Of course, it might be pointed out that the objective conditions for the meteoric impact of SML 1992-1994 were different then from now. Certainly the national question loomed larger and there was mass disillusionment with Labour following their municipal capitulation over the poll tax and their failure to secure an election victory in 1992. However, to pretend that objective conditions in Scotland at that time were not related to the subjective role played by SML and others in the building of a campaign of mass civil disobedience against the poll tax is to deny history.

Through sustained, intensive local activity within working class areas, in leading campaigns on both a local and national level, SML was able to win over significant sections of the class in terms of local support and in increased recruitment. Where it operated, SML was able to avoid the trap of appearing to be 'just another political party'. But even at the height of its success SML's reach and ability to operate was geographically confined to a few key areas, especially Glasgow. However the testament to the success of that particular organisation's approach during this period can be seen in the fact that a decade later Glasgow still represents the most developed area for the SSP, both in terms of support and membership.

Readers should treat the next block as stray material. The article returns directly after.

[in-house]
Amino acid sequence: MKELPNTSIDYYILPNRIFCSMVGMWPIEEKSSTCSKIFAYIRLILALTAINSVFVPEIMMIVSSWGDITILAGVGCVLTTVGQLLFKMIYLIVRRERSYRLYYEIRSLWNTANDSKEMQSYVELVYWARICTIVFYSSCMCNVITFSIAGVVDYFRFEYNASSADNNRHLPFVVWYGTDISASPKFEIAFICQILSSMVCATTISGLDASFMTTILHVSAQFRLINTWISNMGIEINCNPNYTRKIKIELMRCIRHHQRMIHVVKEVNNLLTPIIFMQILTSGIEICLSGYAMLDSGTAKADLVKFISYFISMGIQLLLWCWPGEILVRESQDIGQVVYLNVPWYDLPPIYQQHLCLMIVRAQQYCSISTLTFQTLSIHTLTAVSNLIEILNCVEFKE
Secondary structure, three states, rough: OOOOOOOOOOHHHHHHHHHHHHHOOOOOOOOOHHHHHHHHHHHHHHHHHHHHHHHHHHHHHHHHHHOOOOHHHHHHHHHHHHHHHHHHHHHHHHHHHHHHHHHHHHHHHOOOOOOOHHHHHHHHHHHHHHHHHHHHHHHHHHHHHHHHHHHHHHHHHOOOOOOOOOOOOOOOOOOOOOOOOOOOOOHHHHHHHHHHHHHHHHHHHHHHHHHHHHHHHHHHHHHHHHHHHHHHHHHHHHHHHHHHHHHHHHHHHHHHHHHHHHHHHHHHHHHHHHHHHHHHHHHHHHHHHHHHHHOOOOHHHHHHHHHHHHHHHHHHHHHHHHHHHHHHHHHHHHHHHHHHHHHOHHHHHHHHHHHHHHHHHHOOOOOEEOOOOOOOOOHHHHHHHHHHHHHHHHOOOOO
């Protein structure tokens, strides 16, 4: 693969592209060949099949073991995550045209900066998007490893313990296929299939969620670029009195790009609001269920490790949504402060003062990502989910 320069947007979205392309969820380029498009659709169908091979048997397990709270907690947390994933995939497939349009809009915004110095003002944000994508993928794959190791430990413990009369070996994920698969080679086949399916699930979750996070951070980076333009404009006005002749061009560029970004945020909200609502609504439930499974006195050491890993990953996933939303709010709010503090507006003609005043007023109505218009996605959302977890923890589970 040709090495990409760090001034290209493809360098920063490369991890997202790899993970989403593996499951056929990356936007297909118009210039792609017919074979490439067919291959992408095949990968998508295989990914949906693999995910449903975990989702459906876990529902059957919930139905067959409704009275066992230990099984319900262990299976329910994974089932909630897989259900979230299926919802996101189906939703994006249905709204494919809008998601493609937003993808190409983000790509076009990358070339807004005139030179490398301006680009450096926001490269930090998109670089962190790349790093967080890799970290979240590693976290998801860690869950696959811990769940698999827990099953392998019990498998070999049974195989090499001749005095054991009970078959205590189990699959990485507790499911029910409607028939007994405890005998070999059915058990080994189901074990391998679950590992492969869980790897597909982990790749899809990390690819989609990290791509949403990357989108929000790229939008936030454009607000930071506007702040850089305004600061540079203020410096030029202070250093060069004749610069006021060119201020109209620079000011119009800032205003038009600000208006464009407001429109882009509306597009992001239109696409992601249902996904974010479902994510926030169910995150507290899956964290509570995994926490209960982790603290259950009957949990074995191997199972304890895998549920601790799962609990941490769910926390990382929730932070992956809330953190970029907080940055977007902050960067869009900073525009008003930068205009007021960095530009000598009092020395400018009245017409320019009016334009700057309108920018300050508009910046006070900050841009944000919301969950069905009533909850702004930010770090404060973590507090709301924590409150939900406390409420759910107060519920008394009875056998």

We are not suggesting a nostalgic re-visitation of the past, but there are lessons to be learned from it that may be appropriate to the problem that now confronts us. By building and participating in both local and national campaigns based around economic and class interests, by lending them a cutting, community based edge - by being prepared to risk arrest, launching occupations, involving the disenfranchised in radical action etc, we can maintain our distinctiveness as a party from the other mainstream organisations.

It is our contention that prioritising campaigns that directly and economically impact upon these sections of our class who have been effectively abandoned by the 'mainstream' parties is the best way to win them to our side in the struggle for socialism - replenishing and developing the core support for the SSP within civil society.